In contrast to traditional factor analyses, confirmatory factor analysis is used to confirm a factorial structure previously determined by the researcher (34). In order to examine the degree of similarity between the covariance matrix and the dependent matrix of the variables measured in the study, specific fit indices were used. Goodness of fit index (GFI), comparative fit index (CFI), adjusted goodness of fit index (AGFI) and root mean square error of approximation (RMSEA) were taken into account as part of the confirmatory factor analysis. An acceptable range for the RMSEA value is 0.08-0.10, while values above 0.10 are not acceptable (35). The AGFI ranges between 0 and 1, and approaching 1 indicates an improved fit. A value of 0.90 for this index shows a good fit, also values above 0.85 are accepted as good fit (36). CFI values between 0.95 and 1 are a criterion for perfect fit, while values between 0.90 and 0.95 have been reported as acceptable (37,38). The GFI statistics ranges between 0 and 1, and approaching 1 indicates a better fit (36). The fit index is obtained dividing the χ2 value by the degrees of freedom; values below 3 indicates a good fit (39).

The analysis aimed to confirm a single-factor structure of the ICES Mother form resulted not in a perfect fit, but the values were within acceptable limits (χ2[71, N=303]=181.29, χ2/df=2.55, RMSEA=0.072, GFI=0.92, CFI=0.90, AGFI=0.87). The resulting fit indices show that the data can be described with a single factor solution (Figure 1).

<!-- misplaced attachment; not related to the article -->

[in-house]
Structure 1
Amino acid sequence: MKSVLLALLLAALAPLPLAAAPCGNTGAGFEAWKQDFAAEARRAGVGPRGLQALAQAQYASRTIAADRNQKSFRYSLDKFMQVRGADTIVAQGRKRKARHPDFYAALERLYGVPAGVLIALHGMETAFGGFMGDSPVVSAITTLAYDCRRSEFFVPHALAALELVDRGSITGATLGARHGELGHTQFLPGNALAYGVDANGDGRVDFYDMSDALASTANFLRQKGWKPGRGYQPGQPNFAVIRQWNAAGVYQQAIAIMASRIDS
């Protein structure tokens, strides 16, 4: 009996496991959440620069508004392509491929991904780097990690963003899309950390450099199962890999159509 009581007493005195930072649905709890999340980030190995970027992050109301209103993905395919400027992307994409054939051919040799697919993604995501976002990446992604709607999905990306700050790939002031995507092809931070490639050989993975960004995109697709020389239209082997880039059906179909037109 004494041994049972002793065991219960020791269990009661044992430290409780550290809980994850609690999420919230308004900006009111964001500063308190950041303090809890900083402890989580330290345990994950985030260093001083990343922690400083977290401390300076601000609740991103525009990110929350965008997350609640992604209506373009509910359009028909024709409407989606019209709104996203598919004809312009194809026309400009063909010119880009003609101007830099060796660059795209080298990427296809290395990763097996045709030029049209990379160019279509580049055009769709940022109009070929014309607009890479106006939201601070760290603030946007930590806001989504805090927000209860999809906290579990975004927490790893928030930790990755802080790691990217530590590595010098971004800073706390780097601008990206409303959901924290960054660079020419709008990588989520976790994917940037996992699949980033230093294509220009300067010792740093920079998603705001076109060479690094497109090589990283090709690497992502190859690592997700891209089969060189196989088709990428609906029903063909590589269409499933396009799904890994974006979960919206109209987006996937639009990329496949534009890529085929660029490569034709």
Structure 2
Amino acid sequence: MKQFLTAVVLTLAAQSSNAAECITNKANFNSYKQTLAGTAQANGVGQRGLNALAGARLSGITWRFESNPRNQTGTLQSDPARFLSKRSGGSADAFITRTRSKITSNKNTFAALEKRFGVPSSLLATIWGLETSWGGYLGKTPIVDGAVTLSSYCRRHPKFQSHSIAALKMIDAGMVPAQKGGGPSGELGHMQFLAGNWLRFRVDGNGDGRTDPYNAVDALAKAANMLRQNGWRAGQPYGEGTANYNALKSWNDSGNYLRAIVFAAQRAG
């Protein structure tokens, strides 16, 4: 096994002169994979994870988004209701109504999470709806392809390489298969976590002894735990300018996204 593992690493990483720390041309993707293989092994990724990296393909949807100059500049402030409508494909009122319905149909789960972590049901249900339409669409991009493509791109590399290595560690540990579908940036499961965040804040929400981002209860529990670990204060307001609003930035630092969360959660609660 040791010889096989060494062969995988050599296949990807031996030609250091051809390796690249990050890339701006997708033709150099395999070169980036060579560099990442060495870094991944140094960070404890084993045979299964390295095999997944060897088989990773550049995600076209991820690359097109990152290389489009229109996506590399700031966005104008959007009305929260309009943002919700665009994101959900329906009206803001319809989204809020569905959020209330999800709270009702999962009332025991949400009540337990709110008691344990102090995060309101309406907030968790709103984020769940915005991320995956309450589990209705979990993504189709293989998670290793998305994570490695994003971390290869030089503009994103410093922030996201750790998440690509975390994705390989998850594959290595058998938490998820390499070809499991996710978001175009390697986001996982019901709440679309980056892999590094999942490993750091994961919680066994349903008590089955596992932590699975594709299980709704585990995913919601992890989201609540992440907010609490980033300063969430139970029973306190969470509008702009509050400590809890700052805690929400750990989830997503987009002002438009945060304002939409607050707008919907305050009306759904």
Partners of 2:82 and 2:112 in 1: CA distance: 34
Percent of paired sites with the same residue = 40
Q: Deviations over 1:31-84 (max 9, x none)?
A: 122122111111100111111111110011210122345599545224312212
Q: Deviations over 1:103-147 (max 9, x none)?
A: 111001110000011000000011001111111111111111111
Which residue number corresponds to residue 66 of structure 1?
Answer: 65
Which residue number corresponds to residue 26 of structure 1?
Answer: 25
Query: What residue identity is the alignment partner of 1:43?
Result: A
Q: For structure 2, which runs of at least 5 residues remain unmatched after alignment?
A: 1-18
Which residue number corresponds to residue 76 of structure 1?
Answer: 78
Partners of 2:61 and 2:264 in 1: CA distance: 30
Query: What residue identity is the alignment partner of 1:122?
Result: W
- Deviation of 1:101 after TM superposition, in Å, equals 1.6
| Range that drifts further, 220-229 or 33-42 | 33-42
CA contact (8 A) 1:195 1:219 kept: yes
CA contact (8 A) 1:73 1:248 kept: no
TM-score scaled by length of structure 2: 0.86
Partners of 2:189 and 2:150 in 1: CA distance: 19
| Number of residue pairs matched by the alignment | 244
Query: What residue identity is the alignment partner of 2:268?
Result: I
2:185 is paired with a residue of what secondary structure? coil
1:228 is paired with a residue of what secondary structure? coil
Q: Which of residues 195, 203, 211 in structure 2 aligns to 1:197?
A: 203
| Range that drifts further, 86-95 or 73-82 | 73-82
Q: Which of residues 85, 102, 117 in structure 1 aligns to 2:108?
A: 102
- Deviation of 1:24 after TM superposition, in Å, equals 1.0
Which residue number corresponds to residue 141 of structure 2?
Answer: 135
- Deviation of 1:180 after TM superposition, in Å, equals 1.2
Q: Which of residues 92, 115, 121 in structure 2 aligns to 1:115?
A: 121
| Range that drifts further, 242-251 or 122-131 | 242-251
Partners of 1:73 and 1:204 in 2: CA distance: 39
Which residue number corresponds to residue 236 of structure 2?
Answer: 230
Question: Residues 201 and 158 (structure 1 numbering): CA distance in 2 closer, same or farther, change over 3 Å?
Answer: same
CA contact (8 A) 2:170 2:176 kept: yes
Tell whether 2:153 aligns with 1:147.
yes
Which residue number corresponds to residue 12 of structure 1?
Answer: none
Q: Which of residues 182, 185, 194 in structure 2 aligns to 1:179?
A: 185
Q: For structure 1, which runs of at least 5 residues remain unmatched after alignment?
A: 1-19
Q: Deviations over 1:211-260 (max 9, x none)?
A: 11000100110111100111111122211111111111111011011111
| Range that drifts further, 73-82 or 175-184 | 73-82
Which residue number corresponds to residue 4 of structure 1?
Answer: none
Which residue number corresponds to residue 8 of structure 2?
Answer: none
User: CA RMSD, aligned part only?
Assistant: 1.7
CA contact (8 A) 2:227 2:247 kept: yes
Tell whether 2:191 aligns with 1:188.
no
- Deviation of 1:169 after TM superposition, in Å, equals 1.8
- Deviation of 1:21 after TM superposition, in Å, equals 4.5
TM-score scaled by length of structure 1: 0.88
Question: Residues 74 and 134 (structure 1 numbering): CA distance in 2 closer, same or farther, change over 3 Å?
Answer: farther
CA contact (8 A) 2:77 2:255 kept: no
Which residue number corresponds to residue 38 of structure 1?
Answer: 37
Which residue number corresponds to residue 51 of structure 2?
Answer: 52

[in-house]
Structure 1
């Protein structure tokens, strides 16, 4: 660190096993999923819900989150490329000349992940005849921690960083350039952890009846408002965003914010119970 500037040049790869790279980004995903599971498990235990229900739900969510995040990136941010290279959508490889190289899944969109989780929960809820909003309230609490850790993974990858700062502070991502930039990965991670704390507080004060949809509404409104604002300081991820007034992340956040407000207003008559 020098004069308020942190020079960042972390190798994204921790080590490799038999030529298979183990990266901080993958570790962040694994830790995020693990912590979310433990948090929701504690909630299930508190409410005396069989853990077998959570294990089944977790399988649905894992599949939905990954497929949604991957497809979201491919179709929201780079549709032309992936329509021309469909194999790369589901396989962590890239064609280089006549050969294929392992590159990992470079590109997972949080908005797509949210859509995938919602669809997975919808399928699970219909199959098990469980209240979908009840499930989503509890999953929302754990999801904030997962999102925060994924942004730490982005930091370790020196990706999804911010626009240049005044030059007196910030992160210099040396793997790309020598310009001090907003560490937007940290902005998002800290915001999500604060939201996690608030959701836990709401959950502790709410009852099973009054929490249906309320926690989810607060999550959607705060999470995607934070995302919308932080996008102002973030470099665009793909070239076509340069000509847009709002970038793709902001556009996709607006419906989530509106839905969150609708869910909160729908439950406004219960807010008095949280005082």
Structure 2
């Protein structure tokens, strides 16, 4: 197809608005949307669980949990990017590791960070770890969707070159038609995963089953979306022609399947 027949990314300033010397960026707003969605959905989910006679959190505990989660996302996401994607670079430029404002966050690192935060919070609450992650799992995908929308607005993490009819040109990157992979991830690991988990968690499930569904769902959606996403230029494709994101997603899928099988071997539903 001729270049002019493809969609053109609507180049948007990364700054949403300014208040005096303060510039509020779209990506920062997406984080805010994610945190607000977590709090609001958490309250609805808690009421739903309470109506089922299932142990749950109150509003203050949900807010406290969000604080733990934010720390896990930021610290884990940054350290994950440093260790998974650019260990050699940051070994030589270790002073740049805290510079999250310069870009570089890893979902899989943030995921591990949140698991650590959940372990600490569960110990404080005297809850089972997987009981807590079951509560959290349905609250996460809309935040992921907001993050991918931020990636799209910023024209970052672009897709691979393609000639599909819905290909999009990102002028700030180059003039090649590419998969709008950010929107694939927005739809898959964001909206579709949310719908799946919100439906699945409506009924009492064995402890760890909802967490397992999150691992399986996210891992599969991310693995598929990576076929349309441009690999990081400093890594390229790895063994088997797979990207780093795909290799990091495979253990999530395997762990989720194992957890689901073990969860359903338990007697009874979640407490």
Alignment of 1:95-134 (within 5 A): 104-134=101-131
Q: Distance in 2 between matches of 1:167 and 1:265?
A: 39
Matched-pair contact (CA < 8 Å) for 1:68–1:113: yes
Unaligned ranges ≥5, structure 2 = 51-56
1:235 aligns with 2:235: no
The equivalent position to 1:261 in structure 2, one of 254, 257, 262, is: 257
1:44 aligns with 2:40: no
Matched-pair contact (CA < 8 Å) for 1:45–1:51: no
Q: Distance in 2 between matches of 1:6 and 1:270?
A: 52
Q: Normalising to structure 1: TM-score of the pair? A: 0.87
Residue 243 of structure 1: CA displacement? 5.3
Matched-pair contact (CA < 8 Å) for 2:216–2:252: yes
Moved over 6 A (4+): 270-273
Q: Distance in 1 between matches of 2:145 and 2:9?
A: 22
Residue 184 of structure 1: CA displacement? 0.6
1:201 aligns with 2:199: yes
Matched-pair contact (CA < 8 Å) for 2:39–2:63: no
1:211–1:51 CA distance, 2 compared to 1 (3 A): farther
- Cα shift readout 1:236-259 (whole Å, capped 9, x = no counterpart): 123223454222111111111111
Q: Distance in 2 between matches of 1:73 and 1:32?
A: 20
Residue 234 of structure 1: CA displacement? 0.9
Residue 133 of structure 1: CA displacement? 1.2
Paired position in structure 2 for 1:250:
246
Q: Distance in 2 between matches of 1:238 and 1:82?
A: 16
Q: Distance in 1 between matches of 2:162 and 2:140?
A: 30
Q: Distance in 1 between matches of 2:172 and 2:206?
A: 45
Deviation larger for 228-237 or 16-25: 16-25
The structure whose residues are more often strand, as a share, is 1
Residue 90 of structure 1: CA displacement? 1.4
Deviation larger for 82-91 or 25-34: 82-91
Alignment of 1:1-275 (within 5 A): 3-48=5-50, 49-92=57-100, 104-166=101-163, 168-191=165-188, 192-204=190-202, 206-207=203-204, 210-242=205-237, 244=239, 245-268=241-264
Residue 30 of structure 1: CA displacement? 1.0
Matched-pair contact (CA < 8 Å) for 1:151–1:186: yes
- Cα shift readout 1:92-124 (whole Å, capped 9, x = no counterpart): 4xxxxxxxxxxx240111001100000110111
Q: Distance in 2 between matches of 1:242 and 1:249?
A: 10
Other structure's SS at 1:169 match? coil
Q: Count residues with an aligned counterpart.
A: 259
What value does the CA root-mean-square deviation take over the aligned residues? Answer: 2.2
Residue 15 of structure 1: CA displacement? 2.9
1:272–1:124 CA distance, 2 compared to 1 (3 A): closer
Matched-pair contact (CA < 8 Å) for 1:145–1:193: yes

The analysis trying to confirm a single-factor structure of the ICES Father form showed that the fit indices were at an acceptable level (χ2[71, N=303]=192.57, χ2/df=2.71, RMSEA=0.075, GFI=0.92, CFI=0.93, AGFI=0.88). The resulting fit indices show that the data for the Father form of the scale can also be described with a single factor solution (Figure 2).

Criterion Dependent Validity

To evaluate the criterion-dependent validity of the ICES, correlational relations between the instrument’s Mother and Father forms and s-EMBU as well as RSES were assessed. As it is konwn, the s-EMBU used in this study, like ICES, is an instrument which participants respond to all items seperately for their mother and father. It includes three subscales (overprotection, emotional warmth, and rejection). Table 1 shows the total scores and standard deviations obtained from the instruments.

Evaluating the strength of the correlation coefficient (r) it can be said that, a value of r<0.2 indicates a very weak or no correlation, a value between 0.2 and 0.4 a weak correlation, a value between 0.4 and 0.6 an intermediate level, a value between 0.6 and 0.8 high level and >0.8 very high correlation (35).

Between the ICES Mother form and the s-EMBU subscale perceived Emotional Warmth from the mother, a negative correlation of intermediate level of significance is shown (r=-0.58, p<0.01). There is a significant and positive correlation at a low level (r= 0.34, p<0.01 ) between the ICES Mother form and the mother form of perceived Overprotection subscale of s-EMBU, and also a positive significant correlation at low level (r=0.31, p<0.01) for the rejection subscale too. There is a statistically significant posisitive correlation at low level between ICES mother form and RSES (r=0.34, p<0.01). (On the latter scale, low points indicate low self-esteem.)